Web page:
What about my '94 Dodge Caravan? It had a voltmeter, as do many GM vehicles.
 

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What about my '94 Dodge Caravan? It had a voltmeter, as do many GM vehicles.
Yeah okay, I knew someone would correct my date.
As for GM, being a Ford, Toyota & Honda man, I rarely even come close to a GM, but next time I'm forced to I'll look. I do have to admit that when my niece was living with us I did make an exception. I let her park her Chevy on our driveway. I may even have test driven it once when no one was looking.
When the suspension rusted out from underneath it we found an Outback for her.
BTW, I'm at the Harley dealer in York. All the models with fairings have voltmeters.
 

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I agree with the others. Your charging system is working properly.

It's a shame these Toyotas don't come with a voltmeter instead of the idiot light.
When I had my '74 MGB one of the mods I did to it was to install a voltmeter...
The last factory voltmeter in a car must have been in 1940. If they put them in they'd have to have an entire new division just to answer the calls on what it should read.
'Bout the only vehicles you see them on are motorcycles. I do remember when cars had Ammeters - and most folks not understanding them either.

What I use several of are the 12V outlet combo usb charger/voltmeters. Very handy for continuous monitoring and early diagnosis. I'm in my truck camper in York right now and there's one in the extra 12V outlet I installed to charge my phone. It's reading 13.6V with the camper battery being float-charged by the ELX-45 Power Converter

I would not trust a lot of auto parts stores. I took my GM alternator to O' Reilly's and they said it was bad. Then I went across the street to AZ and they said it was bad. I went to a local place to have it rebuilt. The guy checked it and said it was fine. I threw it back on the car and haven't had a problem. Honestly, I think the belt was loose. It is a single wire alternator and I believe neither AZ or O' Reilly's had a clue on how to test it.
Yep, I saw the exact same scenario at an auto parts store. A customer brought in an alternator for testing and possible replacement. It tested bad on their machine but as I watched I wondered if they had it hooked up right so I suggested they test a new one. It also tested bad until they figured out how to hook it up right. Then the old one tested good too.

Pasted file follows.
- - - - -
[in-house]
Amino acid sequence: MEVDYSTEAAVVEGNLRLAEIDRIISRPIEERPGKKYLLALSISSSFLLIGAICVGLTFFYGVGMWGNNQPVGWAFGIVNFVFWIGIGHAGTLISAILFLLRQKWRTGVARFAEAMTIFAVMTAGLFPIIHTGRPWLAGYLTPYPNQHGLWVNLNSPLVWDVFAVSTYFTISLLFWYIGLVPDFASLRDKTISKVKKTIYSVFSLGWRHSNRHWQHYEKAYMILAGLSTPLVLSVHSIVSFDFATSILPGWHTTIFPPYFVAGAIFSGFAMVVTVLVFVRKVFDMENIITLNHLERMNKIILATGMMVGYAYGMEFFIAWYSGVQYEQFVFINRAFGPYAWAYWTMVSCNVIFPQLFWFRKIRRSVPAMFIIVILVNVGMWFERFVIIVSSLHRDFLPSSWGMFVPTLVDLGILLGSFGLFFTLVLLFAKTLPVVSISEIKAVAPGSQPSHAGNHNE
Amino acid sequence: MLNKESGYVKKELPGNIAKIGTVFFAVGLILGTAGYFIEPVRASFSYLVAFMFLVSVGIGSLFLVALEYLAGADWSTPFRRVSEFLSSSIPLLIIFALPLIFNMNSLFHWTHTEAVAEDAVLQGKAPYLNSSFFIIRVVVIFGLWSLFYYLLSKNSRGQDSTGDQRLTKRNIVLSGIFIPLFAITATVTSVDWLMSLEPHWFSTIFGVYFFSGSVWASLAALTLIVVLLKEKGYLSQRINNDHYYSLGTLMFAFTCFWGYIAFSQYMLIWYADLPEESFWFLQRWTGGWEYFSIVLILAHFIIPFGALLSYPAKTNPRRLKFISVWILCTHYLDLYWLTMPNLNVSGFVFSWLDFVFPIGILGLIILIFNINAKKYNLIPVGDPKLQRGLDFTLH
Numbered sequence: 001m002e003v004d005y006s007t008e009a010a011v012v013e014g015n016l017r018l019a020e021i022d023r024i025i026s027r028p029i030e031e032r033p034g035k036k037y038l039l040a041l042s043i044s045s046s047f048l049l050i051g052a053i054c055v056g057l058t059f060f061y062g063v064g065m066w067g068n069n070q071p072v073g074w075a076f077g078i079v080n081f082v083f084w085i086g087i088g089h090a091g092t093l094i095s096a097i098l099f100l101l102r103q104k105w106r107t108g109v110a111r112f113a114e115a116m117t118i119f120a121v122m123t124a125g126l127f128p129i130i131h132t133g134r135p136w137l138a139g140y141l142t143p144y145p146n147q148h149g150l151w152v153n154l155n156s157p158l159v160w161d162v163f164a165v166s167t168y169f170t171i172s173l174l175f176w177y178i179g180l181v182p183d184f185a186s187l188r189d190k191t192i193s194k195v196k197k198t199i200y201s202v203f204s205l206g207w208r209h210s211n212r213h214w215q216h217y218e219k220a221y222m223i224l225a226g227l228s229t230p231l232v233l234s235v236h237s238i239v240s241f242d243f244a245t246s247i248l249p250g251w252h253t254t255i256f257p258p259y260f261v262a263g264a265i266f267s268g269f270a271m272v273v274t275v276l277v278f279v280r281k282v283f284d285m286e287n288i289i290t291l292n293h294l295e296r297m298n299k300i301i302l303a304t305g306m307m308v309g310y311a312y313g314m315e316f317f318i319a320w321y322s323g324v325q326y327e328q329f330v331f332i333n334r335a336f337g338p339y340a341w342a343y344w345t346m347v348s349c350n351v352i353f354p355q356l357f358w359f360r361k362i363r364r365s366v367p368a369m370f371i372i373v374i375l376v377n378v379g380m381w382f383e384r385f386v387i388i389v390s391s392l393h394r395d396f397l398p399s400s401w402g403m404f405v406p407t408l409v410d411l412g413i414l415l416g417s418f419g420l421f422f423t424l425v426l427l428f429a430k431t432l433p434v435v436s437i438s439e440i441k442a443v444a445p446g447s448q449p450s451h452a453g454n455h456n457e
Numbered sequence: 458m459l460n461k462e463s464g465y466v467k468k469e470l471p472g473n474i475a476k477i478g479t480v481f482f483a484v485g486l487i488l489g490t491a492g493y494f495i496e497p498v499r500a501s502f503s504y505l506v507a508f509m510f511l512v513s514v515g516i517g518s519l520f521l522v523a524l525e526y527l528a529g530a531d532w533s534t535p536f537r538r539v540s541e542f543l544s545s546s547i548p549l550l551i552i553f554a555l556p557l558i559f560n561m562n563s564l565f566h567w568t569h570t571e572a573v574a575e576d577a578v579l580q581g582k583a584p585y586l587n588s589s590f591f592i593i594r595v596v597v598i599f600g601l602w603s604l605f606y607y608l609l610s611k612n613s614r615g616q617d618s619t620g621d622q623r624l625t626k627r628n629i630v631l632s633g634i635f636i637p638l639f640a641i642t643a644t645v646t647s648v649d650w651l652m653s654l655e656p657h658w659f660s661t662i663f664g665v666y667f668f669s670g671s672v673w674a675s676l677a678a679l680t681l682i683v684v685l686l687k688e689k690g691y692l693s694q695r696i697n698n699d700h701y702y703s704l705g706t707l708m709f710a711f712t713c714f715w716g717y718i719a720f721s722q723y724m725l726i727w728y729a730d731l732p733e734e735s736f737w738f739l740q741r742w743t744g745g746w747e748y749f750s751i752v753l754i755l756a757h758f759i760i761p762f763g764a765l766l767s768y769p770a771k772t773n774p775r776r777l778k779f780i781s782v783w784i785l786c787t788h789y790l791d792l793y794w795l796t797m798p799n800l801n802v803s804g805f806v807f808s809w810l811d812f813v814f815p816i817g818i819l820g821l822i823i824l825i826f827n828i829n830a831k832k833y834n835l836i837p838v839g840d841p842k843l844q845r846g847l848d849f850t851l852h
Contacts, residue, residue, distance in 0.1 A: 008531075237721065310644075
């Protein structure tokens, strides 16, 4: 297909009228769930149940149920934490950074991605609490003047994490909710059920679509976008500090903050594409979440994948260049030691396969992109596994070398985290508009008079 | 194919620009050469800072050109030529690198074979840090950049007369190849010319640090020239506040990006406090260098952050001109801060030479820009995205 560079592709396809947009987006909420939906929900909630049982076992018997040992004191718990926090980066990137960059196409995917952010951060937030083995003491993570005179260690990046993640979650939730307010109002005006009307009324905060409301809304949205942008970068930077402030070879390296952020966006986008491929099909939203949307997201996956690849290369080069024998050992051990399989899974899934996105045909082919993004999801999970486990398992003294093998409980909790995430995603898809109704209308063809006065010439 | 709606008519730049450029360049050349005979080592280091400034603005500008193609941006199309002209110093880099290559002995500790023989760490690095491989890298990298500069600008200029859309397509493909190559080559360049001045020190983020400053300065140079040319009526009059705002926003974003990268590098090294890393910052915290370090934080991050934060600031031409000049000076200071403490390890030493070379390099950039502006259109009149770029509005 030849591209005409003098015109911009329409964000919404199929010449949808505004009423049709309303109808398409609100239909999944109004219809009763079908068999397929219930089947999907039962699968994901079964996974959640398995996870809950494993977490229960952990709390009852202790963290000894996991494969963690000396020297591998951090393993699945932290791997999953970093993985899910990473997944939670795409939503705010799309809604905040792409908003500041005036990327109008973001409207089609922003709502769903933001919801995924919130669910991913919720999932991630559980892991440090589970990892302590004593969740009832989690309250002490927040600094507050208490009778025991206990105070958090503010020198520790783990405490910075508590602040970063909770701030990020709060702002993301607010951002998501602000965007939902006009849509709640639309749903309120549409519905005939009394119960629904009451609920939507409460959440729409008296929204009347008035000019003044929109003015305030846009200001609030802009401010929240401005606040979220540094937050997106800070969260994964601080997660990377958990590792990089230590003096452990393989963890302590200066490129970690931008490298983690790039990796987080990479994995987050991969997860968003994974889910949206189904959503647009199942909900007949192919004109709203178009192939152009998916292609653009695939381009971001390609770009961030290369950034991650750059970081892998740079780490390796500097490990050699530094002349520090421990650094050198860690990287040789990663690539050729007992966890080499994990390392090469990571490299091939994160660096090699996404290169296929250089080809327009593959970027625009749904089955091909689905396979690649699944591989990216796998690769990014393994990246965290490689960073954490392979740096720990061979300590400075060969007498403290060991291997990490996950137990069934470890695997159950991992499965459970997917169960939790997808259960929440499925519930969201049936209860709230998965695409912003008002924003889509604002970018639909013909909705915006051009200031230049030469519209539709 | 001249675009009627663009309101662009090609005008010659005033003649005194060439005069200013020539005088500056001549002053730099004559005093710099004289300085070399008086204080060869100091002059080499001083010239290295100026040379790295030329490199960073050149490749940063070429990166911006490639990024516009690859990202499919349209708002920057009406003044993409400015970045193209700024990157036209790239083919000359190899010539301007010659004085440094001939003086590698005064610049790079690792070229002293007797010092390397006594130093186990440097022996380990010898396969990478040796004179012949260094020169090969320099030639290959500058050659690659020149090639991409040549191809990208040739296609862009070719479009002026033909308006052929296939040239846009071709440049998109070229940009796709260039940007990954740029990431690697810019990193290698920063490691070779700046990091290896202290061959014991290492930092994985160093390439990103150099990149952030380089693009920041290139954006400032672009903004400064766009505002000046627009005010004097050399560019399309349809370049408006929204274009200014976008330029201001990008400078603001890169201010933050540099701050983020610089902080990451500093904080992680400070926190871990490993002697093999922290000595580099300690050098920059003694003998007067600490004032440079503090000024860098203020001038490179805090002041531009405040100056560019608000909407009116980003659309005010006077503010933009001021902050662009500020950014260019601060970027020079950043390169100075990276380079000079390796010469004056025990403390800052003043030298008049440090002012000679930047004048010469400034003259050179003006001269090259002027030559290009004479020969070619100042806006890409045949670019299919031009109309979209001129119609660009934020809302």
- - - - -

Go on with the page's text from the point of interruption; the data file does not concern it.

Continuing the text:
Toyota's FJ Cruiser has had a battery/voltmeter from it's model inception way back in '06. And, if I am not mistaken, the 2017 Toyota Tundra and Land Cruiser models also have one along with an oil pressure gauge.
 

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My last Chevy pickup had an ammeter and an oil pressure gauge - that was some years ago. So did my 'Ford. I miss having those gauges. Auto makers claimed that drivers would more quickly notice a red warning light than a gauge with a pointer in a different location than usual as an excuse for eliminating the gauges. I would like to have both gauges and red warning lights.
 

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Both my F-250s have voltmeters - of sorts. They only have two numbers 8V at one end and 18V at the other. Between them there are only two white marks, one at about 10V and the other probably 16V. Not much more useful than a red light. Anyway after the glow plugs go off and the voltage stabilizes it's a little over half scale. Meantime my 12V outlet usb/digital gauge reads 14.0V. I'll go by that one.

I looked at the voltmeters on several late model Harleys parked at 1ST Capital H-D. They went from 8V to 16V in 2V increments with scale marks every .25V - much more precise.
 

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This is the exact type of voltmeter by Smiths that I put in my '74 MGB - shame on British Leyland to not install it as OEM equipment.


Sorry for the hyjack OP!